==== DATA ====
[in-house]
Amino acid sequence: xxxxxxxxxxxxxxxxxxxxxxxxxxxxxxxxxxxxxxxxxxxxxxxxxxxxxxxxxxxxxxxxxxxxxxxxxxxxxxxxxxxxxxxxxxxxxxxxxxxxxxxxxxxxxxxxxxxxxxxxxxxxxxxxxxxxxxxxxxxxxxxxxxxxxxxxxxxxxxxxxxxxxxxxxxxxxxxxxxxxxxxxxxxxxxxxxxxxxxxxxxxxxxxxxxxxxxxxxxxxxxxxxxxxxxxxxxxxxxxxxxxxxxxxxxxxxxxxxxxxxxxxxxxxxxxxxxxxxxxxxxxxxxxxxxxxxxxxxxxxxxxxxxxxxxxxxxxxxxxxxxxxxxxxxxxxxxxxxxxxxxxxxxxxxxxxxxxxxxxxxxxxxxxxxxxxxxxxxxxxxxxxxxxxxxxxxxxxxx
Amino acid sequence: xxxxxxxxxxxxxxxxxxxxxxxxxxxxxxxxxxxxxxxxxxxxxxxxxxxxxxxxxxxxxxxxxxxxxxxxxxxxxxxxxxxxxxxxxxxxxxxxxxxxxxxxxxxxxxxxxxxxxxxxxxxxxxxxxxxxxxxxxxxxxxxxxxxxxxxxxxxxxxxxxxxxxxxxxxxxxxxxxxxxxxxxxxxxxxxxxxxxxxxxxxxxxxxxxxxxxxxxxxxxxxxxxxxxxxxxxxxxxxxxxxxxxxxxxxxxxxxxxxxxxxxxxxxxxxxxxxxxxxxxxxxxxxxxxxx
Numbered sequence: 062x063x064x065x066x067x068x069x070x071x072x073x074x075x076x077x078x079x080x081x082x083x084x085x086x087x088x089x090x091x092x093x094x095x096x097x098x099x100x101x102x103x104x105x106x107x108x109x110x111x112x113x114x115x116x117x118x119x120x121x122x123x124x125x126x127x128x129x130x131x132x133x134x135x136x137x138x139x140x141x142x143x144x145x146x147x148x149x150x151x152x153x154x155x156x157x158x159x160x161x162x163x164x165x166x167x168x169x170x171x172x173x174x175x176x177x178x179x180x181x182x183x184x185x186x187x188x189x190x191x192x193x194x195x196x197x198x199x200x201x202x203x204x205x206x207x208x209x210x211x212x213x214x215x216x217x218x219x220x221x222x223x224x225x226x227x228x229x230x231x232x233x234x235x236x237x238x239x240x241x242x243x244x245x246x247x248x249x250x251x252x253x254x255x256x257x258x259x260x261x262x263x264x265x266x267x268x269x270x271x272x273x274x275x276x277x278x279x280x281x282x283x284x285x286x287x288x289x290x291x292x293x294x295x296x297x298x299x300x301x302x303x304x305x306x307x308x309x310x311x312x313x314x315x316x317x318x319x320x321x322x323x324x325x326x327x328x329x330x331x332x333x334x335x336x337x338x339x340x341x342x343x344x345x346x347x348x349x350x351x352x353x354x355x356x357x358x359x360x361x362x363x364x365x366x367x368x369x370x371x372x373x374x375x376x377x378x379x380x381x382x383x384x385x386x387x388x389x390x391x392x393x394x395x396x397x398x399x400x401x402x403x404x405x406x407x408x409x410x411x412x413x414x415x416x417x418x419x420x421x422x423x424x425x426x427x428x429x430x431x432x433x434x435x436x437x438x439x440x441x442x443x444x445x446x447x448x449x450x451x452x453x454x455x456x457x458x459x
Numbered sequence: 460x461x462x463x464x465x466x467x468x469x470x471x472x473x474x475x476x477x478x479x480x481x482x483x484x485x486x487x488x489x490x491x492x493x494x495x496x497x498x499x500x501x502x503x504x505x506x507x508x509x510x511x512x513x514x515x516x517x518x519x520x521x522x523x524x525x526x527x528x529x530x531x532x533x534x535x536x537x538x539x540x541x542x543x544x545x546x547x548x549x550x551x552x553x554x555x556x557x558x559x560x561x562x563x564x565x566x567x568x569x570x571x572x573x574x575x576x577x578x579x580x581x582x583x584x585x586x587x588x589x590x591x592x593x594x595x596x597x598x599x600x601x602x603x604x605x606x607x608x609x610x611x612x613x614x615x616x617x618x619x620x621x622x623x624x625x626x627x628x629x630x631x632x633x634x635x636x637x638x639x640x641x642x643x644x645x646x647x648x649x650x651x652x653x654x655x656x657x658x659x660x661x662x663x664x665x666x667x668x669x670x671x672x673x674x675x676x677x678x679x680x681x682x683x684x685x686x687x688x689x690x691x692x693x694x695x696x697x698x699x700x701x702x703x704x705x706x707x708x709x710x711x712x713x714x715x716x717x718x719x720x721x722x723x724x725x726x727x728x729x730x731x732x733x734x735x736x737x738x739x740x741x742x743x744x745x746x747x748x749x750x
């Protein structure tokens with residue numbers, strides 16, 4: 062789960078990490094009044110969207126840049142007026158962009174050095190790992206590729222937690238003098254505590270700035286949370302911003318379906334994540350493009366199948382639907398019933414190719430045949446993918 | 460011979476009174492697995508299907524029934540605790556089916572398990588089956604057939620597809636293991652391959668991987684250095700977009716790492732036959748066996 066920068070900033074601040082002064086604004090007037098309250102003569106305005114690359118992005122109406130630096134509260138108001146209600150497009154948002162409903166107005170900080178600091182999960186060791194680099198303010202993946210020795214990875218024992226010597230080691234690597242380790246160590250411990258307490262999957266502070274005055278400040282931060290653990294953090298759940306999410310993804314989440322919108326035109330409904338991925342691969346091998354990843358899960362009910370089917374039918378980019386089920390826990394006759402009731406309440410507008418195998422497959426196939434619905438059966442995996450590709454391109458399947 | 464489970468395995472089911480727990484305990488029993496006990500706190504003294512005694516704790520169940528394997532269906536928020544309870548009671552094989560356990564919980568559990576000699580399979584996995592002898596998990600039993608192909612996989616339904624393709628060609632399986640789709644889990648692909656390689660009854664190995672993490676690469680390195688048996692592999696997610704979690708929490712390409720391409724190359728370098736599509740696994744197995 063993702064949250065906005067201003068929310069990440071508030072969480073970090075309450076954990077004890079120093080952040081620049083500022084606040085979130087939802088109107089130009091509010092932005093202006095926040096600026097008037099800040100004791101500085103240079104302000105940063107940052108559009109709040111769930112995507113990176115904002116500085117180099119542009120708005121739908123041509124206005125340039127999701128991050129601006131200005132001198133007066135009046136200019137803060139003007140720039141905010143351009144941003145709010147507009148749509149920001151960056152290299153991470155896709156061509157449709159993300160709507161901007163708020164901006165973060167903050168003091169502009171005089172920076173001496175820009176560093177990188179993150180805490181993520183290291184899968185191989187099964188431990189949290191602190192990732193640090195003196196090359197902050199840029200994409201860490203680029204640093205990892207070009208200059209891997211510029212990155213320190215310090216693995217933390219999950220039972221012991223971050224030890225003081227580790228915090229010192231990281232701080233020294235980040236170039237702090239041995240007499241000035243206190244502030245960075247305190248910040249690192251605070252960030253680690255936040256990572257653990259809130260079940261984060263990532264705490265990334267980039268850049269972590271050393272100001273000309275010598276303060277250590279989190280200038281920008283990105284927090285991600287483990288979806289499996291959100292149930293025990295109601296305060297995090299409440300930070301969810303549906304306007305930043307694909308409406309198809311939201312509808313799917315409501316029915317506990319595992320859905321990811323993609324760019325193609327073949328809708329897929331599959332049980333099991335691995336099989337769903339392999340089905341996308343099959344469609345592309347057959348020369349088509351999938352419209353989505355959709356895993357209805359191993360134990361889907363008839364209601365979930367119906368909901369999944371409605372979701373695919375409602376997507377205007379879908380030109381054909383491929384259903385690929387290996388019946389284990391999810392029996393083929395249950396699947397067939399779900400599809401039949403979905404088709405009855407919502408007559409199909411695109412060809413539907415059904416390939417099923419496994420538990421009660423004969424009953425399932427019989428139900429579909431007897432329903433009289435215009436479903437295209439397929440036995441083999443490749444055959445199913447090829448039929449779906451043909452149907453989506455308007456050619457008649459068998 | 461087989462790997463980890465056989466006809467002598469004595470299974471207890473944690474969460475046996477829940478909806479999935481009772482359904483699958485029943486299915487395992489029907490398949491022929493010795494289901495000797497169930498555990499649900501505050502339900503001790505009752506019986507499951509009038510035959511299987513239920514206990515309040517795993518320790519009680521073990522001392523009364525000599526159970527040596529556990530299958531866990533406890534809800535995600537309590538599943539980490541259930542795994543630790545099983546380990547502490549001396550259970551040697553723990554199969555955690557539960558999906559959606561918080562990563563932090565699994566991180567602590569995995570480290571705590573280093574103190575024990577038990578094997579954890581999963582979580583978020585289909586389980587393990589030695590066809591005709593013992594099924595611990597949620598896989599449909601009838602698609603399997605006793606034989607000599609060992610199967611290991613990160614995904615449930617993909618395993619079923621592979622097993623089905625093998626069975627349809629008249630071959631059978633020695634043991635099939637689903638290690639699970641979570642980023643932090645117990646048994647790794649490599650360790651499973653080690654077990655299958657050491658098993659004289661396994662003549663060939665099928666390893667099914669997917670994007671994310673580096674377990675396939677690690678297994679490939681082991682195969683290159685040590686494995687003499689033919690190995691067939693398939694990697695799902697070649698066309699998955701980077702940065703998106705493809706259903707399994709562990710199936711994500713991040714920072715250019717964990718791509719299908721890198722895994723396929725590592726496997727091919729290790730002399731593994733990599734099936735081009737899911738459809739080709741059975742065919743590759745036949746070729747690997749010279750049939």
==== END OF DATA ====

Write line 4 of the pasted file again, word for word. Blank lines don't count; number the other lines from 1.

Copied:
Numbered sequence: 062x063x064x065x066x067x068x069x070x071x072x073x074x075x076x077x078x079x080x081x082x083x084x085x086x087x088x089x090x091x092x093x094x095x096x097x098x099x100x101x102x103x104x105x106x107x108x109x110x111x112x113x114x115x116x117x118x119x120x121x122x123x124x125x126x127x128x129x130x131x132x133x134x135x136x137x138x139x140x141x142x143x144x145x146x147x148x149x150x151x152x153x154x155x156x157x158x159x160x161x162x163x164x165x166x167x168x169x170x171x172x173x174x175x176x177x178x179x180x181x182x183x184x185x186x187x188x189x190x191x192x193x194x195x196x197x198x199x200x201x202x203x204x205x206x207x208x209x210x211x212x213x214x215x216x217x218x219x220x221x222x223x224x225x226x227x228x229x230x231x232x233x234x235x236x237x238x239x240x241x242x243x244x245x246x247x248x249x250x251x252x253x254x255x256x257x258x259x260x261x262x263x264x265x266x267x268x269x270x271x272x273x274x275x276x277x278x279x280x281x282x283x284x285x286x287x288x289x290x291x292x293x294x295x296x297x298x299x300x301x302x303x304x305x306x307x308x309x310x311x312x313x314x315x316x317x318x319x320x321x322x323x324x325x326x327x328x329x330x331x332x333x334x335x336x337x338x339x340x341x342x343x344x345x346x347x348x349x350x351x352x353x354x355x356x357x358x359x360x361x362x363x364x365x366x367x368x369x370x371x372x373x374x375x376x377x378x379x380x381x382x383x384x385x386x387x388x389x390x391x392x393x394x395x396x397x398x399x400x401x402x403x404x405x406x407x408x409x410x411x412x413x414x415x416x417x418x419x420x421x422x423x424x425x426x427x428x429x430x431x432x433x434x435x436x437x438x439x440x441x442x443x444x445x446x447x448x449x450x451x452x453x454x455x456x457x458x459x